On Thursday, investors received a decidedly unwelcome reminder that stocks can (and will) occasionally fall, recent developments notwithstanding.
There for a while, it was beginning to seem as though the very concept of a “selloff” had been relegated to the theoretical realm — an event that, while theoretically possible, isn’t something anyone is likely to actually experience. Kind of like winning the lottery. Which is ironic, because part of what created the parabolic surge in tech shares over the past two weeks was the buying of lottery tickets (i.e., single-name calls).
But, it turns out it’s still possible for “buyable” dips to occur, although the definition of “buyable” is always arbitrary. In many cases, what looks eminently “buyable” today appears as a (very sharp) falling knife with the benefit of hindsight.
In any event, Thursday’s action makes for an interesting setup ahead of Friday’s jobs report and the long US weekend. A downside miss could be a match on dry kindling.
Thursday’s other key data point was lukewarm. ISM services printed essentially in-line at 56.9, but the new orders index decelerated markedly to 56.8 from 67.7.
This contrasts a bit with this week’s robust ISM manufacturing report, although you can partly square the circle by pointing to a five-month low in services inventories and an increase in backlogs.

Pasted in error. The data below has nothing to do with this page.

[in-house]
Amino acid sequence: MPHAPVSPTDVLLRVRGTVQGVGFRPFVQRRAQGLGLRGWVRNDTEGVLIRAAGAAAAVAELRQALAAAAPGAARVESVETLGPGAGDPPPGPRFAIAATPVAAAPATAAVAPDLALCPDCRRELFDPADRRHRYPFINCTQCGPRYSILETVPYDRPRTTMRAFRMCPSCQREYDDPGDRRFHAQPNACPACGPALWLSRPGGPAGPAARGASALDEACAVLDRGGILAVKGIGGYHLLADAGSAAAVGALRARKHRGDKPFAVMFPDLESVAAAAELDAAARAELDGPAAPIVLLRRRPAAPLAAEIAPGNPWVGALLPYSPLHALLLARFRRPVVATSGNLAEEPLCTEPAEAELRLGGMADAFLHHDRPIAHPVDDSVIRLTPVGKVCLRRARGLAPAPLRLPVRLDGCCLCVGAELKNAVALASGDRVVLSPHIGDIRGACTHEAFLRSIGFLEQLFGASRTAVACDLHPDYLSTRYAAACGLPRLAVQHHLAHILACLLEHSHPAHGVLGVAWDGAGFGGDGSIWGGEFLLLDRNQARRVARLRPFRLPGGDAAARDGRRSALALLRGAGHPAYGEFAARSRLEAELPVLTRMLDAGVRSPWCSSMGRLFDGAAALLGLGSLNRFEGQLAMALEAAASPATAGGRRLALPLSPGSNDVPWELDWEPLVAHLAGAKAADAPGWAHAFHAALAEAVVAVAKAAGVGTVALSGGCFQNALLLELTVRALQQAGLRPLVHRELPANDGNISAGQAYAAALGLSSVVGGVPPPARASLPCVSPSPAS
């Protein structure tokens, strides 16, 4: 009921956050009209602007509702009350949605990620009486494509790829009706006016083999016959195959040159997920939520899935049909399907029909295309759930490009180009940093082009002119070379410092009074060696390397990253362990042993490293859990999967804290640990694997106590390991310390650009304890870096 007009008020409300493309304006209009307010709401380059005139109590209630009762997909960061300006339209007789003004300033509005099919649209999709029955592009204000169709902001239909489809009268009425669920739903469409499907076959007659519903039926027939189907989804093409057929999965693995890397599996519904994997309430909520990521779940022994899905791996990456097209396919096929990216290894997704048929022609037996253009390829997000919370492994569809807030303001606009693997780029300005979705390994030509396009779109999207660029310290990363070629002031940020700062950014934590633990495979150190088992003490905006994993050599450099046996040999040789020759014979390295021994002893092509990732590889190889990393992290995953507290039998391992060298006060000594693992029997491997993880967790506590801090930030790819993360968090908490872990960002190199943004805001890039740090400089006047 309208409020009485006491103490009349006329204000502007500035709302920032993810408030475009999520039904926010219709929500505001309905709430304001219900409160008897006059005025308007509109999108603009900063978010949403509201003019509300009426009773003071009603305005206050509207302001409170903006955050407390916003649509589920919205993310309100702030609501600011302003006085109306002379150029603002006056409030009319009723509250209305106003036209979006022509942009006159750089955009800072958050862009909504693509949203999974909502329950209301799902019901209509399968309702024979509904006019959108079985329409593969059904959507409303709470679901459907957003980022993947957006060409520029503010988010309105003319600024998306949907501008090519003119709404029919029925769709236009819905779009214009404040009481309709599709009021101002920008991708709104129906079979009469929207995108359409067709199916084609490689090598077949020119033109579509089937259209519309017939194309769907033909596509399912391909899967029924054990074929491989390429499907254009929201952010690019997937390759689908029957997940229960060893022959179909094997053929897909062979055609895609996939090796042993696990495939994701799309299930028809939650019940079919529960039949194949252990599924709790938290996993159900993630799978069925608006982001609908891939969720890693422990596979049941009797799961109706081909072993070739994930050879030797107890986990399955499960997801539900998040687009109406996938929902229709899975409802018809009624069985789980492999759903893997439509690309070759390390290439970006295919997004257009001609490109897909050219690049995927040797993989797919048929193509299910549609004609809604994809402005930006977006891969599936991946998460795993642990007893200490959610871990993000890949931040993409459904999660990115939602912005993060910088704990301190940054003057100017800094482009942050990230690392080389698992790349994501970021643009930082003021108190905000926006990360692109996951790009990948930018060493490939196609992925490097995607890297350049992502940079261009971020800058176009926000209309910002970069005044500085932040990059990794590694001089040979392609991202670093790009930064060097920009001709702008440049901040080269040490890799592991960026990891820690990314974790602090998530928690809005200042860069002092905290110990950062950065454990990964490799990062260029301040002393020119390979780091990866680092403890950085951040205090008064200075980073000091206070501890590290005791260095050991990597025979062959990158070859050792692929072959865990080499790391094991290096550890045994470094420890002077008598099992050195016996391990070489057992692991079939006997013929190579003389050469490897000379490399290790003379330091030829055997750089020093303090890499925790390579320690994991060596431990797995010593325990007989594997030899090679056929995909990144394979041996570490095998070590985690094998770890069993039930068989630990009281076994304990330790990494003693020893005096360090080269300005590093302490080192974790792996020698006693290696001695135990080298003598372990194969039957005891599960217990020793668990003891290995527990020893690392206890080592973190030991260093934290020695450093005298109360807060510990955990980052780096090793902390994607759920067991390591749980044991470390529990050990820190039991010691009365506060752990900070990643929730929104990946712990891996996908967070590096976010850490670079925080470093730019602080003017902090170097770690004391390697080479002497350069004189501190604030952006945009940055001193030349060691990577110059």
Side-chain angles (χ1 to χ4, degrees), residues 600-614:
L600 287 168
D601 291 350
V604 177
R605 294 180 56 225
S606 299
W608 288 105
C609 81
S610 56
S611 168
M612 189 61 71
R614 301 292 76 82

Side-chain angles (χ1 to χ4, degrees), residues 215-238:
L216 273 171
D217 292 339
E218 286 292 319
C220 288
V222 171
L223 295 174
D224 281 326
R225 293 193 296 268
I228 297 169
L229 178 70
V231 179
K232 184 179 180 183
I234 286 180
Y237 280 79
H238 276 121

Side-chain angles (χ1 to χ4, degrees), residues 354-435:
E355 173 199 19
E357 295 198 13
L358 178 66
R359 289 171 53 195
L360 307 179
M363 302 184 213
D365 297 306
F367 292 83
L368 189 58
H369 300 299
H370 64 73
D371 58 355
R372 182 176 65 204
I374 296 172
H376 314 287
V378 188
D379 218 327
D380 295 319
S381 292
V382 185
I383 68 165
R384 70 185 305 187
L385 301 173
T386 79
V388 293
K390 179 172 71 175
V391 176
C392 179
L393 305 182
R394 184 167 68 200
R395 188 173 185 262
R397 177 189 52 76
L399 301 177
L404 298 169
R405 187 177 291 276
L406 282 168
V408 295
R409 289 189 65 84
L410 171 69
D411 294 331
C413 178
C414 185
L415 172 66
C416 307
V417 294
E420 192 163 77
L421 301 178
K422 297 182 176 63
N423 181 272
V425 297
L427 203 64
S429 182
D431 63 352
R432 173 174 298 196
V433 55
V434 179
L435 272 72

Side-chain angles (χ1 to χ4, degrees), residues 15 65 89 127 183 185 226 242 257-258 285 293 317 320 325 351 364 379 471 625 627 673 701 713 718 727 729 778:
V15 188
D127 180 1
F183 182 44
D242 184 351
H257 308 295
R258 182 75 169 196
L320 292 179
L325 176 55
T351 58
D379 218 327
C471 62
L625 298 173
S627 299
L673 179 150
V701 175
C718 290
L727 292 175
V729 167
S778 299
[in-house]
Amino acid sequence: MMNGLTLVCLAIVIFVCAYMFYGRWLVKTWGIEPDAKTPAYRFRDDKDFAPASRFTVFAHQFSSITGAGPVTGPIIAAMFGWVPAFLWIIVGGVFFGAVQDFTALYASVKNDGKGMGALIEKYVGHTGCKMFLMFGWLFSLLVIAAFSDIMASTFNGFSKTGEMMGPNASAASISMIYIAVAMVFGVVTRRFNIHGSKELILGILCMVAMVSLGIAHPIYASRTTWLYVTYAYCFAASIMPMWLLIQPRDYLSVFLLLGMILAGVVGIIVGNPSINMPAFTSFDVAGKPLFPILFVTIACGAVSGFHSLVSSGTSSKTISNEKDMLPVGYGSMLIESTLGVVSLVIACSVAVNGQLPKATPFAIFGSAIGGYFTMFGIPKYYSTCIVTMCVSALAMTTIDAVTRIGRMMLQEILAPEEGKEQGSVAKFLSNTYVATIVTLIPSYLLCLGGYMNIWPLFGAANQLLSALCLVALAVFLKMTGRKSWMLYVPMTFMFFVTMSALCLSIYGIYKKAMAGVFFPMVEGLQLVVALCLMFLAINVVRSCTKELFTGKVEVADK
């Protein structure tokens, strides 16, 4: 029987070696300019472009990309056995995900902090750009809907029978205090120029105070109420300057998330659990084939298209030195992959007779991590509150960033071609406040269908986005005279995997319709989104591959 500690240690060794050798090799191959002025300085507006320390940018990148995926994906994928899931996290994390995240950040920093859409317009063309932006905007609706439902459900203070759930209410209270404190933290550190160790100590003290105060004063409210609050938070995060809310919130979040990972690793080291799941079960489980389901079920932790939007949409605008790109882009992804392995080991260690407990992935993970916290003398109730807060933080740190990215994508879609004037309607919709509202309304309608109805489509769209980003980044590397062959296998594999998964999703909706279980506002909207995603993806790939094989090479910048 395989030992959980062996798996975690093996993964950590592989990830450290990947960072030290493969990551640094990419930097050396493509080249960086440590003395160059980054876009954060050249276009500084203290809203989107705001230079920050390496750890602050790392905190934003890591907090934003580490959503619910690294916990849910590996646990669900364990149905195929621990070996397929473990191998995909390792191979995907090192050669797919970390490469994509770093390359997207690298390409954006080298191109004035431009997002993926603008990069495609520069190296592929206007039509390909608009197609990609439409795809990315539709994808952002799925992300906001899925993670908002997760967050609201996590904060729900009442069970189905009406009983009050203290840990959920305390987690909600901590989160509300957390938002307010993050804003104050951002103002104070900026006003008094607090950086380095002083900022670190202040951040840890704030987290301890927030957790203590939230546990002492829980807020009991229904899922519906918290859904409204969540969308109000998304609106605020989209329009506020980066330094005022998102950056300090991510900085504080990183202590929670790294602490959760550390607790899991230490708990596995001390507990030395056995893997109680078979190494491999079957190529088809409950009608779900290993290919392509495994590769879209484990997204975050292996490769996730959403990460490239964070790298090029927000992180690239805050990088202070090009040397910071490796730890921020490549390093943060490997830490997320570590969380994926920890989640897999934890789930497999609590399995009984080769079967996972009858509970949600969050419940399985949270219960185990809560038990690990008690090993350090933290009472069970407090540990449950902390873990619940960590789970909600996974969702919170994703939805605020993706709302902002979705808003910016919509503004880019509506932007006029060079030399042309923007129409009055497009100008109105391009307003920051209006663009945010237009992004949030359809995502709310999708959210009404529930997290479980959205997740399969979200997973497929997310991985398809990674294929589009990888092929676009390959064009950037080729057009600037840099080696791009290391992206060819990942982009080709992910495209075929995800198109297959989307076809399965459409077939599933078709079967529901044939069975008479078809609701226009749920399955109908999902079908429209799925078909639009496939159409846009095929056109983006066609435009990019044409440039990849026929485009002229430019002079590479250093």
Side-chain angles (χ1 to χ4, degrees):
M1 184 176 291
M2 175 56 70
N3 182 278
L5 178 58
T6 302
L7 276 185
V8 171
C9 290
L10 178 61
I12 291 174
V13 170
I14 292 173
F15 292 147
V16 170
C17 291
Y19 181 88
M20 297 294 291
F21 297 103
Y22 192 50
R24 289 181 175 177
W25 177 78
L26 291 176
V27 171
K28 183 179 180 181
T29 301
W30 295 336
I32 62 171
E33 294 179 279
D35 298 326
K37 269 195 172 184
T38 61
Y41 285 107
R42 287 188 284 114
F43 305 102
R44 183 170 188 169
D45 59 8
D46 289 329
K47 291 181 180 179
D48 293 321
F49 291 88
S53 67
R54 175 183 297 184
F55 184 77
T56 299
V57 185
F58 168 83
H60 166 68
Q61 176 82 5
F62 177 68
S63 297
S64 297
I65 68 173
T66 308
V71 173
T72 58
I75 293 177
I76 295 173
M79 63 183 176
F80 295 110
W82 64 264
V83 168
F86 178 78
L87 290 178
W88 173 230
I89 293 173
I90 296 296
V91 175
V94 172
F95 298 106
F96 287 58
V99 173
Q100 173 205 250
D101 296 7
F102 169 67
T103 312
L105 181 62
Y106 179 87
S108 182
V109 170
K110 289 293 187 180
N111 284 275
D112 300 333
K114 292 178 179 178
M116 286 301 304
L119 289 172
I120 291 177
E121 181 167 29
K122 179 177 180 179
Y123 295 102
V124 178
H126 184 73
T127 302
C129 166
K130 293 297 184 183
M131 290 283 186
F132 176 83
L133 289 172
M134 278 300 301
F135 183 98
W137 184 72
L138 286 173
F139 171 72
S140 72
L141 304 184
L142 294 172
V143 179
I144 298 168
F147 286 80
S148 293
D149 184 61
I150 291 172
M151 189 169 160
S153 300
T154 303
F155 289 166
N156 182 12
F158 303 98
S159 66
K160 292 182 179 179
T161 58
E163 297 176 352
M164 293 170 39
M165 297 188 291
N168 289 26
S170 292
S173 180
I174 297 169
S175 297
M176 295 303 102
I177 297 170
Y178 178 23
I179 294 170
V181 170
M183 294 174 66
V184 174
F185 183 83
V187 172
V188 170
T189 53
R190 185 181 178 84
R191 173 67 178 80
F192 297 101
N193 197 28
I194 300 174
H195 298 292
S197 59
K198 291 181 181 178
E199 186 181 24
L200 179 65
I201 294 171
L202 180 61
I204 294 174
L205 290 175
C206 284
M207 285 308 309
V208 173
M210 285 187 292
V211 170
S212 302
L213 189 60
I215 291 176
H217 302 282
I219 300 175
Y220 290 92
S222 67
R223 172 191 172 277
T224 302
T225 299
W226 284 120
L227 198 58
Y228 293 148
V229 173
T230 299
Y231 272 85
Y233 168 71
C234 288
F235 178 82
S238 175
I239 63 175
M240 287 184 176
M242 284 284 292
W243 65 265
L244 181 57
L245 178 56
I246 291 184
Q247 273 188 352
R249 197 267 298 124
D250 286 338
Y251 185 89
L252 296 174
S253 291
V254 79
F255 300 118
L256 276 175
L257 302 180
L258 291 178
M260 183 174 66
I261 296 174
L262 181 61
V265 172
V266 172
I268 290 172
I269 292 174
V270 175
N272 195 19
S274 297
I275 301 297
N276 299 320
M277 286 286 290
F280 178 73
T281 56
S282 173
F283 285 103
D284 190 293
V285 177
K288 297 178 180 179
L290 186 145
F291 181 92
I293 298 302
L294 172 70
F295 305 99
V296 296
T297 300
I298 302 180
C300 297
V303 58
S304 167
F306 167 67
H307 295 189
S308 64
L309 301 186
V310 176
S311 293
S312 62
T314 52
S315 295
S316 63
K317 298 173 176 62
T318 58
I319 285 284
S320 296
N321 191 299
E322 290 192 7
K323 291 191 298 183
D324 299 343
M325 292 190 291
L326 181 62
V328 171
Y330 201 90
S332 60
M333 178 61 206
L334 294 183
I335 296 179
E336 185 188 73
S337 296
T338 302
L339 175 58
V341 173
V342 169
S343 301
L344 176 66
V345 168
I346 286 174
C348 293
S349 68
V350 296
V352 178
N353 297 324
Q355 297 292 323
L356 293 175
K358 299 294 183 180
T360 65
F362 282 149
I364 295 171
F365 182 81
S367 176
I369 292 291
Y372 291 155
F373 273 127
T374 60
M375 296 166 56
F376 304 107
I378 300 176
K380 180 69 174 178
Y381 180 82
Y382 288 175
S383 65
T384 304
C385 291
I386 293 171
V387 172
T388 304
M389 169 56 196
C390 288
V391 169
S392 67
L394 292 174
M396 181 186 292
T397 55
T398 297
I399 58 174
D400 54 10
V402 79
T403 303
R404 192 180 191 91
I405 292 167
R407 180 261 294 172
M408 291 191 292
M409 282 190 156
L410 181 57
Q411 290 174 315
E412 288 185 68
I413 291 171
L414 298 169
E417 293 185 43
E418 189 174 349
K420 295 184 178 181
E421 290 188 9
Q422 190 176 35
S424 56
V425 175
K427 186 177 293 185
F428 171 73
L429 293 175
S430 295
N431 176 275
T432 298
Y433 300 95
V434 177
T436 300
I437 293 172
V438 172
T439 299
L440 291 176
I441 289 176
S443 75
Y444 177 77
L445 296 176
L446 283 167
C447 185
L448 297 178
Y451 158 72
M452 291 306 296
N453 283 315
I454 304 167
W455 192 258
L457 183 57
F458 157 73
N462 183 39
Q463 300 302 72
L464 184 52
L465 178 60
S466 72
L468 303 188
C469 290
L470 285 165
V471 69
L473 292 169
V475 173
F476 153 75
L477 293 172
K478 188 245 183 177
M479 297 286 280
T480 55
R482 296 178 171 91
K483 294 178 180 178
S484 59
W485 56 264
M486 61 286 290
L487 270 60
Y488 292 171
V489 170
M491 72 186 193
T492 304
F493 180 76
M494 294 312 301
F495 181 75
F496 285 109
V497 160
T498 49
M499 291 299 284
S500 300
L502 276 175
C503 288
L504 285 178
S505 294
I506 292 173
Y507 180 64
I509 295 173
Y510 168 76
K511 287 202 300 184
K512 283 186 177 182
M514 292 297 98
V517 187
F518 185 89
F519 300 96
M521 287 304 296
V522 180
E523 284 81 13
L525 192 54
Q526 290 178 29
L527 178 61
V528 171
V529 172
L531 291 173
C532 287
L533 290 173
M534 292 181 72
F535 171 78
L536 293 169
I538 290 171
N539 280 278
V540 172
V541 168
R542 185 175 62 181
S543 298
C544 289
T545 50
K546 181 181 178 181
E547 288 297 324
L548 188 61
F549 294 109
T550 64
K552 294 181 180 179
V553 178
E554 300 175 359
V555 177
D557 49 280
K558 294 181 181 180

Meanwhile, the trade deficit ballooned to the widest in a dozen years last month, data out Thursday showed. While the breakdown makes this less amusing (in the context of the president’s war on trade deficits) than it appears on the surface, there’s still something glaringly (and tragically when you consider part of the “problem” is the pandemic) ironic about the situation.
This is mostly down to a narrowing of the services surplus, whereas the administration’s obsession is typically focused on bilateral goods trade. And we all know the pandemic has created distortions, rendering historical comparisons virtually meaningless. Still, the fact remains that on Donald Trump’s watch, the US trade deficit (which he variously promised to “fix”) is the widest since early 2008.
“For all the bullets fired in the trade war, it did nothing to change the trend of the trade imbalance”, Bloomberg’s Ye Xie wrote Thursday, adding that this “highlights why the dollar is likely to struggle in coming years”.
Speaking of deficits, the sheer number of tweets and various “quick takes” that proliferated on Thursday in the wake of the tech selloff underscores my broader criticism of America — namely that the nation collectively suffers from an acute case of attention-deficit disorder, which means most market participants (especially newly-minted Robinhood types) aren’t likely to care much about the data. Not when Tesla is down three days in a row.